If there’s one thing that Linux needs to aid its march onwards it is (arguably) more enterprise robustness.
Actually, if there’s one thing that Linux needs for enterprise success it’s firms like Microsoft stating that it loves Linux, but we’ve already experienced that epiphany, so what else can we hope for?
Openly open source German softwarehaus SUSE reflects the need for enterprise critical tech in its latest moves which see it expand its portfolio of business-critical computing infrastructure software.
The goals here is to provide so-called ‘workload predictability’ for enterprise users.
In terms of actual product, the company is offering SUSE Linux Enterprise Live Patching for IBM Power Systems and SUSE Linux Enterprise Real Time 12 Service Pack 3.
What is live (hot) patching?
Using live patching (sometime called hot patching), sysadmins can apply patches to a Linux kernel without rebooting the system. Applications keep running during updates because the patching is independent of the application running on the Linux kernel.
It’s that easy then i.e. you just turn live patching on do you? Well no, exactly. Attempts at live patching Linux have been around for some years, but the fact that SUSE live patching has now been certified for IBM Power Systems and for SAP HANA is some evidence that this current generation of patching works effectively, at the enterprise level.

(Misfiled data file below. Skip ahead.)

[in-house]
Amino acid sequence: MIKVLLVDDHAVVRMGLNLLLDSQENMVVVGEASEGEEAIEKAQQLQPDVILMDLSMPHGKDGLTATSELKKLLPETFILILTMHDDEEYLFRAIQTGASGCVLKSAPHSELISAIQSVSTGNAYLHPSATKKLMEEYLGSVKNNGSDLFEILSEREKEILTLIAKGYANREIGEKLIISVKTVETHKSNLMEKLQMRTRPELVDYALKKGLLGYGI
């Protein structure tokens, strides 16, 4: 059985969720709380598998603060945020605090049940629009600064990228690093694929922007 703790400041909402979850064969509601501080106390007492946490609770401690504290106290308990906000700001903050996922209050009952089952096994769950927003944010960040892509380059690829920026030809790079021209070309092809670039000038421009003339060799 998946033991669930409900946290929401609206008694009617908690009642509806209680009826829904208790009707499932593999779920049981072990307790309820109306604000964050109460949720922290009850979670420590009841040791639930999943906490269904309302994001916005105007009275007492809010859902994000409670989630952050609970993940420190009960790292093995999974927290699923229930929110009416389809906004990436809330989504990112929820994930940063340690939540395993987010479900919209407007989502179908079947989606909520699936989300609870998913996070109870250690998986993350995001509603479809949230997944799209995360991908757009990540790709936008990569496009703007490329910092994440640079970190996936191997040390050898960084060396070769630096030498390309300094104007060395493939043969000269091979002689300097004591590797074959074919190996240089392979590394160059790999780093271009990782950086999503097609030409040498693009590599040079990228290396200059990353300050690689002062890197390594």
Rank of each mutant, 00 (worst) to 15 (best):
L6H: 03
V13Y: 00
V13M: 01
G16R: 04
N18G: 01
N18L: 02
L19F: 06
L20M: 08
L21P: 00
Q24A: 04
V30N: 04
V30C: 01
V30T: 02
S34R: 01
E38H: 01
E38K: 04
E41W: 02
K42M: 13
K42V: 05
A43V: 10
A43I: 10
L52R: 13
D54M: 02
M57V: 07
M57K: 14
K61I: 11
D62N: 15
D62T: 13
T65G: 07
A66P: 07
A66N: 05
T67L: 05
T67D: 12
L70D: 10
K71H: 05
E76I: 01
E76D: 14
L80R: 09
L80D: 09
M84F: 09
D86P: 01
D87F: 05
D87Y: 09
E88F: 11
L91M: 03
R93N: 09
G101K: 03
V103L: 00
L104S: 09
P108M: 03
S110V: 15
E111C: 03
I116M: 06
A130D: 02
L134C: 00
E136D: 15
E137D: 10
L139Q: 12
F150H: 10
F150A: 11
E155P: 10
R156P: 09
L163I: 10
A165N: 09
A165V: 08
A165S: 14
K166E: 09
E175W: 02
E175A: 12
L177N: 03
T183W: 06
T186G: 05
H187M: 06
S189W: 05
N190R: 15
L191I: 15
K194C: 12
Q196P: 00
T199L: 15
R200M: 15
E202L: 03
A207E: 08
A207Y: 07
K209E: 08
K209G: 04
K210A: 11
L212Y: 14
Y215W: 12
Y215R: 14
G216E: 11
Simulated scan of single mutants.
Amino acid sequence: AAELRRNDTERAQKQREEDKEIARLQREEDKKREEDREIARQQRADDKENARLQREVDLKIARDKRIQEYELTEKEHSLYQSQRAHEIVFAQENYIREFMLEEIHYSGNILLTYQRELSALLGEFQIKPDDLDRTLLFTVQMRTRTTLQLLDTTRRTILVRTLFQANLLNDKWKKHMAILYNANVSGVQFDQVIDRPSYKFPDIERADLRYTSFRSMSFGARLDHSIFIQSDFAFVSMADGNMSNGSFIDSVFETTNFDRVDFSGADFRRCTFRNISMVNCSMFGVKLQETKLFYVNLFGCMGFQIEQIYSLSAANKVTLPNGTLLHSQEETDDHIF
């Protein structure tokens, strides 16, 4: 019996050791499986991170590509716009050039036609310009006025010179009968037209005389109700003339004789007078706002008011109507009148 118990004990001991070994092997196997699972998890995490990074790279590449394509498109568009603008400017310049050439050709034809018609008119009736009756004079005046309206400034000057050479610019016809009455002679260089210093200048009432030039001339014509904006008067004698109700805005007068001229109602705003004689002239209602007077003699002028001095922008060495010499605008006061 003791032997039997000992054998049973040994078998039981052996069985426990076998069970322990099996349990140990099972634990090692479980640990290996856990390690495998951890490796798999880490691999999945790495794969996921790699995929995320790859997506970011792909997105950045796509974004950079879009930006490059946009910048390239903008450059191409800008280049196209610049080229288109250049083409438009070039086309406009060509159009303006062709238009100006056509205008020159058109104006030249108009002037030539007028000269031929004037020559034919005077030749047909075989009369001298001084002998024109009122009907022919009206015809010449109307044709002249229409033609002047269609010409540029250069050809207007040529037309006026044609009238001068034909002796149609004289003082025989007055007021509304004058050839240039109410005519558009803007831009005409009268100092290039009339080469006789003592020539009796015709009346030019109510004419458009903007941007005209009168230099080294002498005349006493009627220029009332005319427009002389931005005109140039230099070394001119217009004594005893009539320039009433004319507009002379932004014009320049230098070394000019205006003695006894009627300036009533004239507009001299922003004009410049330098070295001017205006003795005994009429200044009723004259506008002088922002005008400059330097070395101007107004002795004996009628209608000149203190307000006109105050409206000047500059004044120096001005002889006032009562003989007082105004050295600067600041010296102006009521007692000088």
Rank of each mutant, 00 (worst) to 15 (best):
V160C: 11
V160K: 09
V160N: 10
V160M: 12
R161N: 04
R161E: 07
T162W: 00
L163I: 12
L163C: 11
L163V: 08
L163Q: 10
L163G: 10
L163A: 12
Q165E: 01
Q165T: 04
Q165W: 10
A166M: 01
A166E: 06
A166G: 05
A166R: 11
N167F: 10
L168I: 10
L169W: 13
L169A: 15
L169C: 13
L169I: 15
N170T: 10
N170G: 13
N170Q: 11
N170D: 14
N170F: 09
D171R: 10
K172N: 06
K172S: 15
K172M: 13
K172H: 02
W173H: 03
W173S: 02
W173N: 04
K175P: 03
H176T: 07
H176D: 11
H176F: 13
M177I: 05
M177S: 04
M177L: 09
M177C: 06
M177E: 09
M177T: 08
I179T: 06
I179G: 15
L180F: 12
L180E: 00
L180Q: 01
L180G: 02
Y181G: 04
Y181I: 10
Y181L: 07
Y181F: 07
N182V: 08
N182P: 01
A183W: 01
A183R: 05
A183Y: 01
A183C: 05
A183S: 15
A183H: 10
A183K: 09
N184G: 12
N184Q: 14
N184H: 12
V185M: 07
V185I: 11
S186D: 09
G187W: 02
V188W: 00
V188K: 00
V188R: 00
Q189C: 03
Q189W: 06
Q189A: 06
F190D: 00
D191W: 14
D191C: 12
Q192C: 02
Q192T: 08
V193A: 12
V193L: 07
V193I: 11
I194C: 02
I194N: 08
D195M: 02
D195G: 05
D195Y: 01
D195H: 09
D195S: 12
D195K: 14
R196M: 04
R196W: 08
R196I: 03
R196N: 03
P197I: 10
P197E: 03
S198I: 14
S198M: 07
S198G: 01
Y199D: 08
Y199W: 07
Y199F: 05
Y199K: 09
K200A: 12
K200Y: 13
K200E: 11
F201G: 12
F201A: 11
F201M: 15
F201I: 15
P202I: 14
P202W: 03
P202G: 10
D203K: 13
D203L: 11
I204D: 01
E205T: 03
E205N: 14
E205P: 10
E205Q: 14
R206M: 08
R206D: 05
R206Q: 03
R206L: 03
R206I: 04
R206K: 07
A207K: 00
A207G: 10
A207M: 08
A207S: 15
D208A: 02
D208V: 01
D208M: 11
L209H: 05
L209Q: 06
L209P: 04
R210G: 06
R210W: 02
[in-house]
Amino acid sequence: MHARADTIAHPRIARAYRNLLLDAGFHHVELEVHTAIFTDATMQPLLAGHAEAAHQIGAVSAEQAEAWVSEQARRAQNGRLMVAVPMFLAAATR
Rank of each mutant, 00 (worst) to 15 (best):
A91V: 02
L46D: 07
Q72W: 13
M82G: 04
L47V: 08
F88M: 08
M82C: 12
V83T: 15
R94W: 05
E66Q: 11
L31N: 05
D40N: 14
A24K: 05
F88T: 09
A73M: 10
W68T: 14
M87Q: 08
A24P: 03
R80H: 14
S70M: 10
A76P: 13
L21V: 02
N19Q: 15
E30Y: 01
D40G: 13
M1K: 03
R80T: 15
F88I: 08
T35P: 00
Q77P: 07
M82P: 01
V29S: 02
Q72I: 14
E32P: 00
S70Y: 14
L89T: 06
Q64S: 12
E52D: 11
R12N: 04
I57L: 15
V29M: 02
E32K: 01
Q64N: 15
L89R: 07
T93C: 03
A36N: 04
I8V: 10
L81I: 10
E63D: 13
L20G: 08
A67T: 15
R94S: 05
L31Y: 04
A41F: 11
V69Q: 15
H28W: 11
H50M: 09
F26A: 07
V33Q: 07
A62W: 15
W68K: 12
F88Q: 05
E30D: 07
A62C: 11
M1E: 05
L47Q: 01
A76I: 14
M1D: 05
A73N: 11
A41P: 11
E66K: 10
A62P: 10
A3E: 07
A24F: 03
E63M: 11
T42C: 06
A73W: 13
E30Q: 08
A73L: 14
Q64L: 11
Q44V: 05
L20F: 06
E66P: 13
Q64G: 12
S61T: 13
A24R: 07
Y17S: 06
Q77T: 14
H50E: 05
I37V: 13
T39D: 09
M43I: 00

According to Forrester’s Richard Fichera, “Early versions of Linux hot patching has been around for several years, most notably in a company called Ksplice, acquired a few years ago by Oracle. But the real change happened earlier [in 2016] when SUSE declared that its hot-patch capability, kGraft, previously in limited availability, was now in GA, suitable for all production workloads.”
These offerings are part of SUSE’s software-defined infrastructure and application delivery products. SUSE says that customers are demanding live patching as it helps them improve business continuity and lower costs by reducing downtime, increasing service availability and enhancing security and compliance.
A working example
“The live patching function on SUSE Linux Enterprise Server is almost invisible: it just runs and there are no reboots,” said Hans Lenting, IT architect for SVHW, a government service organisation in the Netherlands that runs a large number of interconnected applications to support important municipal services. “It enables us to apply major maintenance and security patches with no downtime. Live patching is a huge benefit for the hypervisor layer, which we need to keep ‘in the air’ for as long as we can. Without this, we would be faced with bringing down all 40+ virtual machines each time we needed to apply critical patches – at least once a month.”
SUSE Linux Enterprise Real Time 12 SP3 is an open source real time operating system with process and task prioritisation and scheduling.
This latest release ships with an updated real time kernel for what we could define as advanced application workloads that require precise timing and synchronisation.